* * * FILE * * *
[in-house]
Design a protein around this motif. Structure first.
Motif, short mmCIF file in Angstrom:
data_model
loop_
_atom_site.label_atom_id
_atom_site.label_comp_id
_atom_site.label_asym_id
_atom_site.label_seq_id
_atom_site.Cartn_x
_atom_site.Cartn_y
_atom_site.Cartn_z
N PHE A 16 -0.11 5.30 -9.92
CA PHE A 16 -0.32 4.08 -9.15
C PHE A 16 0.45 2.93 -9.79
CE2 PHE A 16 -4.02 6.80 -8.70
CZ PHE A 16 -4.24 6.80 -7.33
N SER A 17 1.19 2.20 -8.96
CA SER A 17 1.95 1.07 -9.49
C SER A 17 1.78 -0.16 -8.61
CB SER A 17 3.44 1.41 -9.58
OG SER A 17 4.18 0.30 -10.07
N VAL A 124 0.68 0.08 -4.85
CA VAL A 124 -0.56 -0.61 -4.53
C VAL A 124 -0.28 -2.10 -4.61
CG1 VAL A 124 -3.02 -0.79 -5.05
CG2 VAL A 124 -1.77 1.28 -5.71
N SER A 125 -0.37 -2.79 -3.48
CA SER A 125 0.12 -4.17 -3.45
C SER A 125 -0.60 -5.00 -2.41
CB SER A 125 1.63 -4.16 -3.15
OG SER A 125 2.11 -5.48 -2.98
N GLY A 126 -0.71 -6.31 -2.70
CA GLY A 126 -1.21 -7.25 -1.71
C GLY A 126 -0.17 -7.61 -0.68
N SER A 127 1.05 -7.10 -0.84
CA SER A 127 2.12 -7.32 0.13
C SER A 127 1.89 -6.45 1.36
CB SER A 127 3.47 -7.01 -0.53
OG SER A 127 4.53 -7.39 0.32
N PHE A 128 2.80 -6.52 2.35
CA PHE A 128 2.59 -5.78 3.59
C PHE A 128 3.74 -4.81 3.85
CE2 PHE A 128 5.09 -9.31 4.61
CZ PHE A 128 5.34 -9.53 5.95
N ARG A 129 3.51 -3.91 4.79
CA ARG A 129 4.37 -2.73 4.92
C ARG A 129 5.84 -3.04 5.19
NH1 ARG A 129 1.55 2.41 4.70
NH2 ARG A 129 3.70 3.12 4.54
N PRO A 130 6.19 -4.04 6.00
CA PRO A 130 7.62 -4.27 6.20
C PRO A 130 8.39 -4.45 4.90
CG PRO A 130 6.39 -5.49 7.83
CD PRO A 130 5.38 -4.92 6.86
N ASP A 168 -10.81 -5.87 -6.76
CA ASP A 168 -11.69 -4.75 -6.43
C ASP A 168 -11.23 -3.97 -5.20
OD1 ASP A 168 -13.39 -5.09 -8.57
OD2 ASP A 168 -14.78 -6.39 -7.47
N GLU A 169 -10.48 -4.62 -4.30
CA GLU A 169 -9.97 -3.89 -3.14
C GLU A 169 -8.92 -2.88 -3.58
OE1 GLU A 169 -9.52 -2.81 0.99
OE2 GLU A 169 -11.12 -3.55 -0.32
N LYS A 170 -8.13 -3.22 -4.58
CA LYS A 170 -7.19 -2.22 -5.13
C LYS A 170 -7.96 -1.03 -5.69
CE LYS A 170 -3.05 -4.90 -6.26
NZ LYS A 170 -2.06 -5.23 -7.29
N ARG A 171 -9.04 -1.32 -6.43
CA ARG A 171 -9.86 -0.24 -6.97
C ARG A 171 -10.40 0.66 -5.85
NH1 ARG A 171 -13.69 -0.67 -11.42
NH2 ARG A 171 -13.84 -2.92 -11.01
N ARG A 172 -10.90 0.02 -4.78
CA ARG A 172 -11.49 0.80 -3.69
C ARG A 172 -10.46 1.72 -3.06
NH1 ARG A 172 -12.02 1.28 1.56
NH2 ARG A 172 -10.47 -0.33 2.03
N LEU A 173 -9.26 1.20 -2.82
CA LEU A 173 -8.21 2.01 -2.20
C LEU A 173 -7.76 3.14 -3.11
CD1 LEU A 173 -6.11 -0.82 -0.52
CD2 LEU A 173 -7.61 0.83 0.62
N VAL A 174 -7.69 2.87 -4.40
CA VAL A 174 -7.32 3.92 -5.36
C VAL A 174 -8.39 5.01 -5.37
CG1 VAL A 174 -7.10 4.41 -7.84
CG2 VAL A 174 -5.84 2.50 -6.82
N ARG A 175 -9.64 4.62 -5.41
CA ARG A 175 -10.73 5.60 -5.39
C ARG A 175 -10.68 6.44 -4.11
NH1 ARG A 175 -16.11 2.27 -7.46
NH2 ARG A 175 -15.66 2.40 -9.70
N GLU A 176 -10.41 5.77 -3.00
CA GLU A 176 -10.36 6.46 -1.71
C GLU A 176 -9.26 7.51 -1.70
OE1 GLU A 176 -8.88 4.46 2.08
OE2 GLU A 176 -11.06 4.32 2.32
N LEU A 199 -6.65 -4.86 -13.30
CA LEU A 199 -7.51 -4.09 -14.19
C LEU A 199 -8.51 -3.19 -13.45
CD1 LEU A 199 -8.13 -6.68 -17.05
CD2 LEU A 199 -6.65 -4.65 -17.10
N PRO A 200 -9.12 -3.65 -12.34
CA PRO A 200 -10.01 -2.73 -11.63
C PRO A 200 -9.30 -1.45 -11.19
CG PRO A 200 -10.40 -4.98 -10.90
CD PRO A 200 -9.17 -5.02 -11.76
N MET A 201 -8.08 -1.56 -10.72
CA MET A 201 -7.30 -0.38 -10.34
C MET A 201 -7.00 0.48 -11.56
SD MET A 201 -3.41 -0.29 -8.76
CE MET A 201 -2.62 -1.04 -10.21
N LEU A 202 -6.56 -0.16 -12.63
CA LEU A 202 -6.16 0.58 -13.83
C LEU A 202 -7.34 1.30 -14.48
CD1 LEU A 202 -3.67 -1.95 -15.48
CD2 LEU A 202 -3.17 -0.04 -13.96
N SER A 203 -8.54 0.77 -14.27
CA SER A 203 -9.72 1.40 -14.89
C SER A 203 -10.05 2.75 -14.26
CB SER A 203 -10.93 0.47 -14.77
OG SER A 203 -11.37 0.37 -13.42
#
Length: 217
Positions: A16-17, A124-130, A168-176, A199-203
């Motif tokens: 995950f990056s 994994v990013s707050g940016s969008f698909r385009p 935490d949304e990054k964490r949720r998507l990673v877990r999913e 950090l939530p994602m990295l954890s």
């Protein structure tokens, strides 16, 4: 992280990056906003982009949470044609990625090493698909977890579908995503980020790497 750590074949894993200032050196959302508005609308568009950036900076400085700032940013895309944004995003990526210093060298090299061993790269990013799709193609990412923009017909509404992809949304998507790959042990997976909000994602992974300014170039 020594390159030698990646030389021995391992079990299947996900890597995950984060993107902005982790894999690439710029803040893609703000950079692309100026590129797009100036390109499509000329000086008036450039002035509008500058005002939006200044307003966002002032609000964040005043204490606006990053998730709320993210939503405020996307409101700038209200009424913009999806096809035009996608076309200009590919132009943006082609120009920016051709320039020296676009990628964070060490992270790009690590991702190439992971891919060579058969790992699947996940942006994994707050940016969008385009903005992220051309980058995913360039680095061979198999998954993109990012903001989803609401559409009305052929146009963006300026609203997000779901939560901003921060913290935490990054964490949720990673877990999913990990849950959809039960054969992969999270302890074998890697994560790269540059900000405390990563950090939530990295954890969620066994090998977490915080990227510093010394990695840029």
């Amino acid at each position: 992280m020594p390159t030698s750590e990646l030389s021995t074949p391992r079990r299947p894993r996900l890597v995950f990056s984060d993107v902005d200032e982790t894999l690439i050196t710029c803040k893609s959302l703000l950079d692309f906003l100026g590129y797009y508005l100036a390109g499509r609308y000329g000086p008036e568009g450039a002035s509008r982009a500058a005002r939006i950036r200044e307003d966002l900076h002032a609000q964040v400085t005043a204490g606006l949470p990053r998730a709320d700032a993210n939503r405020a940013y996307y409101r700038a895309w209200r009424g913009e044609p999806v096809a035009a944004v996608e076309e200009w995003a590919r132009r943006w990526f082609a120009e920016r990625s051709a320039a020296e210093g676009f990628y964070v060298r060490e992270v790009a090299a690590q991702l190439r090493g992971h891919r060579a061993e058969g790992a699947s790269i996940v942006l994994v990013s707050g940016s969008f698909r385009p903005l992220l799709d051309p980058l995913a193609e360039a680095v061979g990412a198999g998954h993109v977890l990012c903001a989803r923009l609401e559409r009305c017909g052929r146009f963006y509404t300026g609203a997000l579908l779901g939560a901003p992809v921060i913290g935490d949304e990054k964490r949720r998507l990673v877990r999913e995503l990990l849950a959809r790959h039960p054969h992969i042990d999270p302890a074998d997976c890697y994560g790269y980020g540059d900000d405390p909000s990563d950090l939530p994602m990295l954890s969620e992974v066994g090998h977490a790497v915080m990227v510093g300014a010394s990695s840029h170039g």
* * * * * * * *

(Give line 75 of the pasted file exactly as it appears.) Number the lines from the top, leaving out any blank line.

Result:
NH2 ARG A 171 -13.84 -2.92 -11.01